May 1, 2004 marked the deadline for implementing new clinical trial rules across the 25 member states of the European Union. As member states begin to introduce legislation and guidelines to comply with the Clinical Trial Directive of the European Commission, concerns over their far reaching impact on clinical research in Europe and the ripple effect in the pharmaceutical industry in the United States continues to grow. The new rules are expected to result in increased legal and administrative burdens and costs and it is feared that they may have a chilling effect on strategic alliances between drug manufacturers and clinical research organizations ("CROs") in the European Union.
The full title of the Clinical Trial Directive, - "Directive 2001/20/EC relating to the implementation of good clinical practice in the conduct of clinical trials on medicinal products for human use,"1 - conveys the principal objectives of the legislation. The Directive was the result of years of discussion within the European Commission based upon a determination that there existed significant inconsistencies among the national rules concerning how clinical trials in Europe are undertaken and controlled. The European Commission (the EU's principal administrative body) began drafting a directive in the late 1980s and, after numerous revisions by the EU Council of Ministers (the representatives of the member states' government) and the European Parliament, agreement on the final version of the Directive was reached in February 2001. The Directive was published on May 1, 2001, giving each member state three years to enact its own national legislation, rules and guidelines to implement the Directive.2 It remains to be seen how all of the member nations will interpret the Directive in their specific legislation but it is certain that, regardless of the individual specific enforcement provisions, the Directive will change the way clinical trials are conducted in Europe and that these changes will impact the cooperative efforts between CROs and US pharmaceutical companies in developing and managing clinical programs.3
Strategic alliances between CROs and pharmaceutical companies have become an important component of global clinical research. Faced with an avalanche of federal and state legislation over the last ten years and an increasing need to launch products out of the pipeline into the market more quickly, many US companies have turned to outsourcing their clinical development programs to global service companies in the CRO industry. As a result, the CRO market has expanded exponentially, with revenues of approximately $50 million in the late 1970s to about $10 billion this year alone.4 Today, there are over one thousand CROs worldwide, with the largest number existing in Europe, followed by North America and Japan.5 According to an analysis by the United States Department of Health and Human Services' Office of the Inspector General, the number of foreign clinical investigators that conducted drug research under US investigational new drug applications increased from 41 in 1980 to 271 in 1990, and 4,458 in 1999.6 Thus, it is apparent that European CROs have a large stake in maintaining their status in the pharmaceutical industry as flexible organizations that can deliver greater efficiencies in the planning and management of clinical programs on a global basis. With the adoption of the Directive and the implementing national legislations, European CROs are at risk of losing this position, as the cost of doing business with US pharmaceutical becomes exorbitant.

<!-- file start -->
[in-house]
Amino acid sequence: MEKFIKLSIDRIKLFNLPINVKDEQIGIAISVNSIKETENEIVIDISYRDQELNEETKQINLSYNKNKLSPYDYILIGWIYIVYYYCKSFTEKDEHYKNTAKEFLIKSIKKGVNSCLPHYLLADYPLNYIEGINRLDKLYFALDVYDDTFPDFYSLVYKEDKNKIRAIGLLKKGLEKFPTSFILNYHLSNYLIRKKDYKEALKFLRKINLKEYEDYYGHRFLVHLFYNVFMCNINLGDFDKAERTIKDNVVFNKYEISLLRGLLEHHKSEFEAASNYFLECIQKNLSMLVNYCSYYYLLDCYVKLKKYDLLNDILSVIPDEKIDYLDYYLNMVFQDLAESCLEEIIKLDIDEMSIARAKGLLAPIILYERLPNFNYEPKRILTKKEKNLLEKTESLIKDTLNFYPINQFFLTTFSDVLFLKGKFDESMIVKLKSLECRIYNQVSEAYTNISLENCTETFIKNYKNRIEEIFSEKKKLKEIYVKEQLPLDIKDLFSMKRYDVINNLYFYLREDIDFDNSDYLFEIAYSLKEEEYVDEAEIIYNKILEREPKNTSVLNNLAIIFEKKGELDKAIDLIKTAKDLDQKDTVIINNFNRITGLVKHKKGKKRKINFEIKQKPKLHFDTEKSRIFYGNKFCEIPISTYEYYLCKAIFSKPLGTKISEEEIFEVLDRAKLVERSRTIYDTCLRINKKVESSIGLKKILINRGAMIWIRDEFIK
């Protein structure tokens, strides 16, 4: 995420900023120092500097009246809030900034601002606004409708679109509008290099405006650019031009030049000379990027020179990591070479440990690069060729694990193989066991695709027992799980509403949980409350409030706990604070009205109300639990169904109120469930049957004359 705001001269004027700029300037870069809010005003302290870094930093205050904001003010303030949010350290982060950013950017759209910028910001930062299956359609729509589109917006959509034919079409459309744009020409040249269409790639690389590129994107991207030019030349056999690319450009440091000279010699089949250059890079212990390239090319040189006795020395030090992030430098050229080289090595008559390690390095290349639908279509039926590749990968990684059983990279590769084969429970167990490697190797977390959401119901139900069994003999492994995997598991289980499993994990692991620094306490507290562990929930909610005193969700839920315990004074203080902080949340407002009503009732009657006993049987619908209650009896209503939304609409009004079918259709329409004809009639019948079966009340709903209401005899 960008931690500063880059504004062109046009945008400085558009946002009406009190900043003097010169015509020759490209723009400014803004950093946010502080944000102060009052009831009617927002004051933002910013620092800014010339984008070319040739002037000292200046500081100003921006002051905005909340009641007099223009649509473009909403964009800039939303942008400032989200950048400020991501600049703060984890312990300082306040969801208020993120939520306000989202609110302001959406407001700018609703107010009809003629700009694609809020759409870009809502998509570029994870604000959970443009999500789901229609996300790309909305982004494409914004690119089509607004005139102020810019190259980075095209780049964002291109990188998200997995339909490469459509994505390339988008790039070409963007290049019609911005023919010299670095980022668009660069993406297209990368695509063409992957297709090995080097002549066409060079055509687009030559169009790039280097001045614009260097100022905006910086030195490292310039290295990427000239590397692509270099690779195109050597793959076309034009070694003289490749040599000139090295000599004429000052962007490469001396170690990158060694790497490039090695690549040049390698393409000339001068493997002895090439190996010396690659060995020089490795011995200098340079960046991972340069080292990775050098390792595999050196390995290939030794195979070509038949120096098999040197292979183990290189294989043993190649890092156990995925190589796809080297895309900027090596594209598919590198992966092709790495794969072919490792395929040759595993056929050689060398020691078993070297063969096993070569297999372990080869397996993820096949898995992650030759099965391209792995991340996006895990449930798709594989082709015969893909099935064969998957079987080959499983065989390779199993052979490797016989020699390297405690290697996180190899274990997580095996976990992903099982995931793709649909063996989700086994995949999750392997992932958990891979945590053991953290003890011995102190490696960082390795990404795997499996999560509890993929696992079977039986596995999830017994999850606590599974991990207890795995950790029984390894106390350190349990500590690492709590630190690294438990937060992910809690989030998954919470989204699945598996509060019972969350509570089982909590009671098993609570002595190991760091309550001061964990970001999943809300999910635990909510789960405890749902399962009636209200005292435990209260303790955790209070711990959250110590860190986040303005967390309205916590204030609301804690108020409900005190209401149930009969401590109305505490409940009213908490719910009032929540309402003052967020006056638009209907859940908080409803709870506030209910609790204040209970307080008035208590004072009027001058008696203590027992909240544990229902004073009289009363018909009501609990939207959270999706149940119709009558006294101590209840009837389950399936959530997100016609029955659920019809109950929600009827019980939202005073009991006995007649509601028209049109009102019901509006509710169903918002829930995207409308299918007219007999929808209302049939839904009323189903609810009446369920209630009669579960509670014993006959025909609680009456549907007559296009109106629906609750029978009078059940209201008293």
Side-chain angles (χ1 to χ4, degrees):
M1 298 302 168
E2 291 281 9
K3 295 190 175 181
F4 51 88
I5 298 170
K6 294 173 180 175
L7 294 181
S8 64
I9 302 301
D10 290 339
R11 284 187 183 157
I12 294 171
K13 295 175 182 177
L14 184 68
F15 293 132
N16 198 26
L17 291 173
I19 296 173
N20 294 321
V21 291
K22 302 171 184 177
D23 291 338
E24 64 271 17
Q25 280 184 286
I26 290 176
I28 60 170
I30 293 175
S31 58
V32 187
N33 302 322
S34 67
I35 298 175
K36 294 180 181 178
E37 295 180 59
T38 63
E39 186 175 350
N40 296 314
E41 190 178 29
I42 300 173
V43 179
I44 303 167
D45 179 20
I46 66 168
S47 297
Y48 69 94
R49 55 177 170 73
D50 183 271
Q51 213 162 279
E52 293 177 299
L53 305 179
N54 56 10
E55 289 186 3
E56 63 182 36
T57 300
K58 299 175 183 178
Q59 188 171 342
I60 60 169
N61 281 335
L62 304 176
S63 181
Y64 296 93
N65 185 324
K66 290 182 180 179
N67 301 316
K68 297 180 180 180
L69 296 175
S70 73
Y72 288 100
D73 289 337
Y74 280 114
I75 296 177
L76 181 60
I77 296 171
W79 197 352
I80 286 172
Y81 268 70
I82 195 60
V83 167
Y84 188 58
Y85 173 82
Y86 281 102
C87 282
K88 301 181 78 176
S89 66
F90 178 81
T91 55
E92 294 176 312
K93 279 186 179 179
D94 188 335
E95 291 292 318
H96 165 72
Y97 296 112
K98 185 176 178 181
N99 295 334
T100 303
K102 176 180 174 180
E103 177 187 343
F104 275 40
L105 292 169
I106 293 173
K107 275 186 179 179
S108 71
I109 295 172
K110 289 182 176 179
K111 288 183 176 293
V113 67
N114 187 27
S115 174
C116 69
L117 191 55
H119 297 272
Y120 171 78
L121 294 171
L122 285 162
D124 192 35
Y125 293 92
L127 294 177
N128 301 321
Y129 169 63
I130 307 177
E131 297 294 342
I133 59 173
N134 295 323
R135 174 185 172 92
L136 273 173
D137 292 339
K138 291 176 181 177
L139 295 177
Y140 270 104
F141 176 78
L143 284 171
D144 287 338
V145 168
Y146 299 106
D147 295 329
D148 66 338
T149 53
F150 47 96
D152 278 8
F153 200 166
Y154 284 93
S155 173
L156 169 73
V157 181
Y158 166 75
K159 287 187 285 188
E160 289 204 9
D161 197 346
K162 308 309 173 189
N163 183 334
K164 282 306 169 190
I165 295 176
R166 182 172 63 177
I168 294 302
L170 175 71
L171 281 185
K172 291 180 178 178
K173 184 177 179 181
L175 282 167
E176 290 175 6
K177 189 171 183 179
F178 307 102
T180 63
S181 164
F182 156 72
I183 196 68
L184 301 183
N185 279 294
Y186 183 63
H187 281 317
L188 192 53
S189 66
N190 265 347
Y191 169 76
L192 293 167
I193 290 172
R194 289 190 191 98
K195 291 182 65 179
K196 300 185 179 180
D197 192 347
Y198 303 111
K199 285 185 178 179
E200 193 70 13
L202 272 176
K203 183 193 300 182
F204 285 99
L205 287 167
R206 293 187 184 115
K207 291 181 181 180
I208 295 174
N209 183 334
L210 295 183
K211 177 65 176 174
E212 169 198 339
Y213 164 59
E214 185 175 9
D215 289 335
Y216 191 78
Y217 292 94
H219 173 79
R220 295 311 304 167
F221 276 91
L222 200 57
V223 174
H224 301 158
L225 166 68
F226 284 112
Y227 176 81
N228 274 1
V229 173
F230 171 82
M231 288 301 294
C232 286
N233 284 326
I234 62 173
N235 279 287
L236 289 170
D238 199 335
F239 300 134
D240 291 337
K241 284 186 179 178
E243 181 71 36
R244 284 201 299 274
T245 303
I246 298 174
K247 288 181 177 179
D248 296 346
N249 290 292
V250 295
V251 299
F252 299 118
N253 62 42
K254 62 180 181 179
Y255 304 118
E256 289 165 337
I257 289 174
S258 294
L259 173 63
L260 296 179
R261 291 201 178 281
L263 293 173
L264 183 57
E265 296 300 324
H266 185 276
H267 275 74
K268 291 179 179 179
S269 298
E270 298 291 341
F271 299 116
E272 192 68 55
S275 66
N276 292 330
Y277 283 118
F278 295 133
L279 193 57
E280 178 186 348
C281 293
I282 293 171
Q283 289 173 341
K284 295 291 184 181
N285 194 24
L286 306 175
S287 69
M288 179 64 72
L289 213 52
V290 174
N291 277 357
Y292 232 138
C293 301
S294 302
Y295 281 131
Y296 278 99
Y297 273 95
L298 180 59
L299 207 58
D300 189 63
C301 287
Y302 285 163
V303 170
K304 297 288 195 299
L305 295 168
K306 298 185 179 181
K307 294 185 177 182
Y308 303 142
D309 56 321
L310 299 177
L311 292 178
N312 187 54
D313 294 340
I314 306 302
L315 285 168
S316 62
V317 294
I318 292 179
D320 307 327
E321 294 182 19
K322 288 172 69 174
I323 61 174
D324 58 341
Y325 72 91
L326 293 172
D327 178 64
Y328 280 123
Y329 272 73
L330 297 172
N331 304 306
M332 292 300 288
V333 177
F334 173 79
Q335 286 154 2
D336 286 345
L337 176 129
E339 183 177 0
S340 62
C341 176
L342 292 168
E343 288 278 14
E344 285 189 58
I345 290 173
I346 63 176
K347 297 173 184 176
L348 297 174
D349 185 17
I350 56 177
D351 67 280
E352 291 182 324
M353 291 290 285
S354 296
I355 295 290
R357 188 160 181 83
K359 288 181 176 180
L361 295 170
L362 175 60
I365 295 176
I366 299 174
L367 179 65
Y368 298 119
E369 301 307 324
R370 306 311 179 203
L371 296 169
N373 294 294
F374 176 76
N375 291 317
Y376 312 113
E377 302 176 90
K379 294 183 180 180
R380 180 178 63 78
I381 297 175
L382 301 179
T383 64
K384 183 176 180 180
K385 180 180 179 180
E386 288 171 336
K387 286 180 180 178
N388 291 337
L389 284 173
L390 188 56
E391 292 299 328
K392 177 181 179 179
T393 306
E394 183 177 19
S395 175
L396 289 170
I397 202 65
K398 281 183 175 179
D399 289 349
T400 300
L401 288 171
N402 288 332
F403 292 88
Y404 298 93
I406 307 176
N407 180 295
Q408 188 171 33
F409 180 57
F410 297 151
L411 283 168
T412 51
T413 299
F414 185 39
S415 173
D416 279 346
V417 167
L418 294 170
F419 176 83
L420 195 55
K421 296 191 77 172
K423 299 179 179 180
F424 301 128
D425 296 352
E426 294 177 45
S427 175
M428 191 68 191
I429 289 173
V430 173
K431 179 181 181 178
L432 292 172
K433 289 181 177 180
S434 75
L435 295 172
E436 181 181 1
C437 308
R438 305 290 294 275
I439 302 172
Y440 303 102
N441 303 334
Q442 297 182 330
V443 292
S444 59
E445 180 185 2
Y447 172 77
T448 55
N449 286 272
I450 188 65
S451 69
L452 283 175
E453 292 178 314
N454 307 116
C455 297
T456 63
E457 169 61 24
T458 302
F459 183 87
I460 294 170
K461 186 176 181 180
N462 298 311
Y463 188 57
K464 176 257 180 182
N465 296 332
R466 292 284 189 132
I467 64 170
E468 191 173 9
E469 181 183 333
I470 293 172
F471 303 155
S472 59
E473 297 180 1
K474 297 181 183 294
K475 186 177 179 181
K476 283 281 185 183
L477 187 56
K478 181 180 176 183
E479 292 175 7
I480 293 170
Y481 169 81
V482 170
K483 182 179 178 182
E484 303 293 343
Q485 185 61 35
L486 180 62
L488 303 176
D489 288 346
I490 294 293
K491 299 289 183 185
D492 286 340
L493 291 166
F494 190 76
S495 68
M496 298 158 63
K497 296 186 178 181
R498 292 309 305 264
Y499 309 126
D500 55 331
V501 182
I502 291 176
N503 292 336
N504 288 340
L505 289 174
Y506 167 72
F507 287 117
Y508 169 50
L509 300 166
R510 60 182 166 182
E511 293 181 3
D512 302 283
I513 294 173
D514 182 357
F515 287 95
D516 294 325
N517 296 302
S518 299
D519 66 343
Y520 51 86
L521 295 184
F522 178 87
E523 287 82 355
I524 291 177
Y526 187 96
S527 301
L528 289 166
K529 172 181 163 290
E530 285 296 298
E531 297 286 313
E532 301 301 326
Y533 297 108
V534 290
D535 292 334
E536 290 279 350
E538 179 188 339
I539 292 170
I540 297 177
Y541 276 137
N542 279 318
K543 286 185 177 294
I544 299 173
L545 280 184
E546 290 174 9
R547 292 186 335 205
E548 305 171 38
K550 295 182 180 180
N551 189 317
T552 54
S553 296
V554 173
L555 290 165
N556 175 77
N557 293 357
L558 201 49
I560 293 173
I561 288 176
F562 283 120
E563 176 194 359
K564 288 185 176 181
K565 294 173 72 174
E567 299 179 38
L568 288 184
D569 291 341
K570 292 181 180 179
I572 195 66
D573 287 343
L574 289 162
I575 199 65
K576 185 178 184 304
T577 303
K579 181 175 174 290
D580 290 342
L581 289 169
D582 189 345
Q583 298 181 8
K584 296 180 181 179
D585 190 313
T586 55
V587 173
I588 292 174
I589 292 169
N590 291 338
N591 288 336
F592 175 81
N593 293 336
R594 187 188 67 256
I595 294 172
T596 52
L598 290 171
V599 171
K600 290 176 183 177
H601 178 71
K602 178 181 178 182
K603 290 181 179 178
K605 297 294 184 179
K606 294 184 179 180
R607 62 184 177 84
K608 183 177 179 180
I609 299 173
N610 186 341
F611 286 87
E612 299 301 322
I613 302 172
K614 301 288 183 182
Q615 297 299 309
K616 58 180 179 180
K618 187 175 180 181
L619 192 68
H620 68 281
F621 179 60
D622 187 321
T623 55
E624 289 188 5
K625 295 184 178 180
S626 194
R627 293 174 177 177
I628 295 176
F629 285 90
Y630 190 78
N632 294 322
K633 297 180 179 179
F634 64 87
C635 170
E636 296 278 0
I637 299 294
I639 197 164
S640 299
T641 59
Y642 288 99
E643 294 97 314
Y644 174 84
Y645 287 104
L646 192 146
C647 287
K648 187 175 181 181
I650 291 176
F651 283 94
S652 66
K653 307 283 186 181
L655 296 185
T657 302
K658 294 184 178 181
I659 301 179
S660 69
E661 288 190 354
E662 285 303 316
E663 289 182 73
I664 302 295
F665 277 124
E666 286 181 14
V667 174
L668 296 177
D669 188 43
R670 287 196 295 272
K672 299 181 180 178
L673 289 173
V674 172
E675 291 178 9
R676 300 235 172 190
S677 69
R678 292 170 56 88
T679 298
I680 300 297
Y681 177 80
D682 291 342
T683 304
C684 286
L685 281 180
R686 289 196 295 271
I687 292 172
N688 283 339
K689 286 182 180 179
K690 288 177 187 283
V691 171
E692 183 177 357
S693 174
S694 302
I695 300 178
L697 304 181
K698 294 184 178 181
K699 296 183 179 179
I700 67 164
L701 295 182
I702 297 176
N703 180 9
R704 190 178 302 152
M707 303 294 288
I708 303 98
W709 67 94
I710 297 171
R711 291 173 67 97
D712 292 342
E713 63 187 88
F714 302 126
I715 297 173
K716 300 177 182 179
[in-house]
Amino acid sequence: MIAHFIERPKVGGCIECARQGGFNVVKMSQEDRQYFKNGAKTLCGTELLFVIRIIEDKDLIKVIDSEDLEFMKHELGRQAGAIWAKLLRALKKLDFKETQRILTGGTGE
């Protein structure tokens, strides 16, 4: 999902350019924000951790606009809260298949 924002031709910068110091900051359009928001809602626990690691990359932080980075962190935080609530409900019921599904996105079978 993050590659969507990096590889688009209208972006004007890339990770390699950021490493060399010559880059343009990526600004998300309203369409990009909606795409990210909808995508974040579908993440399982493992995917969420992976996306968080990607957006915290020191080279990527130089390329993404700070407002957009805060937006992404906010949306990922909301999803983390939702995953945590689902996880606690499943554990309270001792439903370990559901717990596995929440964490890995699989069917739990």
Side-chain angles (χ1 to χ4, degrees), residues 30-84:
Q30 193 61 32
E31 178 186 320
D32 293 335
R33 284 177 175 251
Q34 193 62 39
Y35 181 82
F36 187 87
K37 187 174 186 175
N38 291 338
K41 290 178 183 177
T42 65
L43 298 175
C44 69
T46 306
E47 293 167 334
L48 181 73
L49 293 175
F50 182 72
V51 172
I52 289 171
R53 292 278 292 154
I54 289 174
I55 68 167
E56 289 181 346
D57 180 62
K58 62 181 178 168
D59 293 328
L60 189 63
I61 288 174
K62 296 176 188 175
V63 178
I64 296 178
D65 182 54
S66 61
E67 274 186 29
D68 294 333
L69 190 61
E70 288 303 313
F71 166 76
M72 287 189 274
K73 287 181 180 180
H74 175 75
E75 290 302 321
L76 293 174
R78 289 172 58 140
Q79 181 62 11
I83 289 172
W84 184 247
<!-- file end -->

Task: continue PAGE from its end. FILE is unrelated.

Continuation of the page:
The emphasis of the Directive is on ethics, government oversight, and quality assurance. Specifically, the major provisions of the Directive are:
Protection of clinical trial subjects. While the Directive reiterates the basic requirements of informed consent already existing in patient care guidelines, it introduced two new areas of patient protective measures that will have practical implications for clinical trial teams. First, the Directive and the relating guidelines published by the EC increase the amount of information to be given to clinical trial subjects. Subjects will have the right to know such information as the name and address of the sponsor, the institutional affiliation of the investigator, the financial ties between the investigator and the sponsor, the source of finance for the study, and contact details of all personnel involved in the trial. Secondly, the Directive specifically outlines what protection must be accorded to children and adults incapable of giving legal informed consent. The Directive also clarifies existing general safeguards on subjects' privacy and protection of personal data to provide that subjects should be informed as to who will have access to clinical trial data, the procedure for handling any retained identifiable biological samples, and plans to de-identify or destroy samples after analysis.
Ethics Committees. The Directive requires that the member states take measures to establish and operate ethics committees. Ethics Committees are, in principle, the functional equivalent of US Institutional Review Boards, which are designated under the Food and Drug Administration regulations to review and monitor biomedical research involving human subjects, including the authority to approve, require modifications in (to secure approval), or disapprove research. Under the Directive, Ethics Committees will be charged with giving opinions on, among other things, the relevance of the trial and its design, evaluations of the benefits, risks and conclusions of the trial, and any other issues requested. No trial may be commenced by the sponsor prior to receipt of a favorable opinion of the local Ethics Committee.
Databases. The Directive requires that the member states enter into a centralized clinical trials database (known as "EUDRACT"), which will be accessible only to the authorities of the member states having jurisdiction, the Commission and the European Agency for the Evaluation of Medicinal Products. The database will facilitate communication between regulatory authorities to enable them to improve their oversight of trials and provide for enhanced protection of patients. The sponsors of clinical trials must register with the EUDRACT database (via the Internet) and then obtain a EUDRACT identifier number.
Inspection. Member states must appoint inspectors that will inspect all clinical trial sites and facilities of manufacturers of investigational medicinal products (IMPs). Investigation reports will be recognized by all member nations.
Training. Principal investigators of trials will be required to provide information concerning their qualifications and any prior GCP training or clinical trial experience to their local Ethics Committee for opinion on their suitability to conduct clinical trials.